Turner's Portland Office And NAWIC Transform Two Homes

May 19, 2017

Volunteers from Turner’s Portland office recently joined forces with volunteers from the National Association of Women in Construction (NAWIC) to complete two home makeovers on Rebuilding Together’s 2017 National Build Day.

Between the two homes, the team built a 35-foot wheelchair ramp, replaced 600 square feet of carpet with vinyl flooring, installed four handrails, replaced a sink and a toilet, and overhauled two back yards and a front yard/porch area, filling two 30-yard dumpsters with debris. They also moss treated one of the roofs and cleaned its gutters.

Niko Balster, an engineer and a co-captain for one of the house projects was effusive, reflecting on the experience – from the work itself, to the more emotional, interpersonal side of volunteering on a homebuild. “The transformation of each home is almost unbelievable,” he said. “I couldn’t believe the homeowner when she claimed there was a concrete pad beneath a four-foot bramble of blackberries. But after 10 volunteers spent all morning hauling debris, there it was! The homeowner’s son exclaimed that he hadn’t seen the slab in 15 years." He added that getting to know the neighbors, as well as the homeowner, helps bring the value of the effort into perspective. “Neighbors came out of their homes to talk to us and express appreciation for the visible improvements on the neighborhood,” he said. “One homeowner burst into tears of joy at the end of the day.”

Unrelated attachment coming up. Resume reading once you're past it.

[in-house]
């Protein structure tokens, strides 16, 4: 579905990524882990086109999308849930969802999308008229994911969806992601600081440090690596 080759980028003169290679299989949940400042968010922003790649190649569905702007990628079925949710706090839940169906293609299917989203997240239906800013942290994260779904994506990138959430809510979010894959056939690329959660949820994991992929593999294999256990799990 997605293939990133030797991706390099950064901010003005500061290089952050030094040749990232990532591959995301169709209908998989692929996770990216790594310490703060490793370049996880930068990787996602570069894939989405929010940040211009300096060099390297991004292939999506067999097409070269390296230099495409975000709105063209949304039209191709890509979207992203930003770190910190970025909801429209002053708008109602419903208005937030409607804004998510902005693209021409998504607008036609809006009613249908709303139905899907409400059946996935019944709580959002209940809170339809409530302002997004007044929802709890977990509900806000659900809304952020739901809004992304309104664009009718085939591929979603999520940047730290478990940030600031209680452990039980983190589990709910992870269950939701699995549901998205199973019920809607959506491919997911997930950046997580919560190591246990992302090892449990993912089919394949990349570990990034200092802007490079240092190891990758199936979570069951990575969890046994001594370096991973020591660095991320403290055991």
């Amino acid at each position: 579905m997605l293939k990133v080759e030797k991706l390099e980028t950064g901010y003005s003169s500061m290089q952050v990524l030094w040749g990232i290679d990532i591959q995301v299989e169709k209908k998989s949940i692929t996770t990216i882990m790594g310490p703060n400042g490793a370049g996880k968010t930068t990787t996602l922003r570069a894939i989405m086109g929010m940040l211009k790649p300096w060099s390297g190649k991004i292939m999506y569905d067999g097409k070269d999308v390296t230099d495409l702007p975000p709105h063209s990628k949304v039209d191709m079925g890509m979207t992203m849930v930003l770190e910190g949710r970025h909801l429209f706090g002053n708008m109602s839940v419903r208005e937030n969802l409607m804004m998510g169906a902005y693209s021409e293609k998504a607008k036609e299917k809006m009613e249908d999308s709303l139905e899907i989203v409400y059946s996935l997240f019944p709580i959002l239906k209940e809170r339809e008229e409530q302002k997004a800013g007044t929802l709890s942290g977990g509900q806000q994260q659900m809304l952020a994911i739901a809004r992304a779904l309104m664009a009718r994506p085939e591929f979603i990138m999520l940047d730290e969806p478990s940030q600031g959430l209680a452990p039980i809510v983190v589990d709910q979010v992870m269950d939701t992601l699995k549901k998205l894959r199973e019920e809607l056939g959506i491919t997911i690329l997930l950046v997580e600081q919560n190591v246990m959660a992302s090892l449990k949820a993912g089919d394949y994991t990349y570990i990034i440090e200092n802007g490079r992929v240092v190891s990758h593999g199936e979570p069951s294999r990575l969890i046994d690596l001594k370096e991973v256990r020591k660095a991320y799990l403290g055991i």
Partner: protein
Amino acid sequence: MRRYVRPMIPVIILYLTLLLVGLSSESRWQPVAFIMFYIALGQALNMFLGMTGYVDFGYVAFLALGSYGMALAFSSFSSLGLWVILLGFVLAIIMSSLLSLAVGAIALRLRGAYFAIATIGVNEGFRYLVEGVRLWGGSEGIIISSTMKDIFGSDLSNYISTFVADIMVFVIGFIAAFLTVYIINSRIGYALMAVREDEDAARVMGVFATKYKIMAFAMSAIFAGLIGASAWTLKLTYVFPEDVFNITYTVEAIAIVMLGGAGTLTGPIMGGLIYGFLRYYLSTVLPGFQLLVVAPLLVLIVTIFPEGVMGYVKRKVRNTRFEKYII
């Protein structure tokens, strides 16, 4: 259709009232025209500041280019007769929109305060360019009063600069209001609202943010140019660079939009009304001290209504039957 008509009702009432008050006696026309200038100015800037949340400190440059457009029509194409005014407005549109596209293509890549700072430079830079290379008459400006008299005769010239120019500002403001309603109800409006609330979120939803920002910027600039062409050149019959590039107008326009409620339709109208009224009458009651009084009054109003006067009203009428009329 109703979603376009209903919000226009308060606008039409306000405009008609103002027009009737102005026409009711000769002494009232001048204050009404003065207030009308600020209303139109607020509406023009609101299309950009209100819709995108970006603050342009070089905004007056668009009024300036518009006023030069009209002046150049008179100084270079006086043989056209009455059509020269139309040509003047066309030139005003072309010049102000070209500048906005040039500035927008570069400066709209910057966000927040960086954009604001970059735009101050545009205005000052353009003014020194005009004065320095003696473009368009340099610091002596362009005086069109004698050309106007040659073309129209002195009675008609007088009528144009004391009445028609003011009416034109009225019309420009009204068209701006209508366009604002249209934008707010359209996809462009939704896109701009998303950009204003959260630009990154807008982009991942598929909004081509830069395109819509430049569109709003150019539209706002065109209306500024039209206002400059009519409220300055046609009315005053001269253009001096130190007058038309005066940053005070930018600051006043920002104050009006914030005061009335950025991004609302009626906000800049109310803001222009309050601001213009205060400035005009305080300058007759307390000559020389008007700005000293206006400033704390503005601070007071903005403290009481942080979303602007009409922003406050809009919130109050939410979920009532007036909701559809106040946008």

Rebuilding Together is a nationwide organization that in Portland alone assists approximately 50 homeowners a year, engaging more than 1,200 volunteers in the process. They focus on critical home repairs, modifications and improvements, performing all work at no cost to the homeowners.

Cost Analyst Jo Doherty, also a co-captain on one of the projects, echoed some of Niko's reflections. “I’ve been involved with Rebuilding Together for the last few years because there is such a transformation that occurs – physically to the homes and to psychologically to the homeowners,” she said. “But also, I believe it’s invaluable to us as volunteers. Doing this work is such a humbling experience every year. It allows for such a vulnerable rollercoaster to happen.” She continued, “When you come into someone’s home there is such a complex cocktail of gratitude, frustration, sadness, joy and hope. It reminds me why I love construction – you can see the results of your work at the end of the day, and the homes can be COMPLETELY altered from where you started. One day can make all the difference.”

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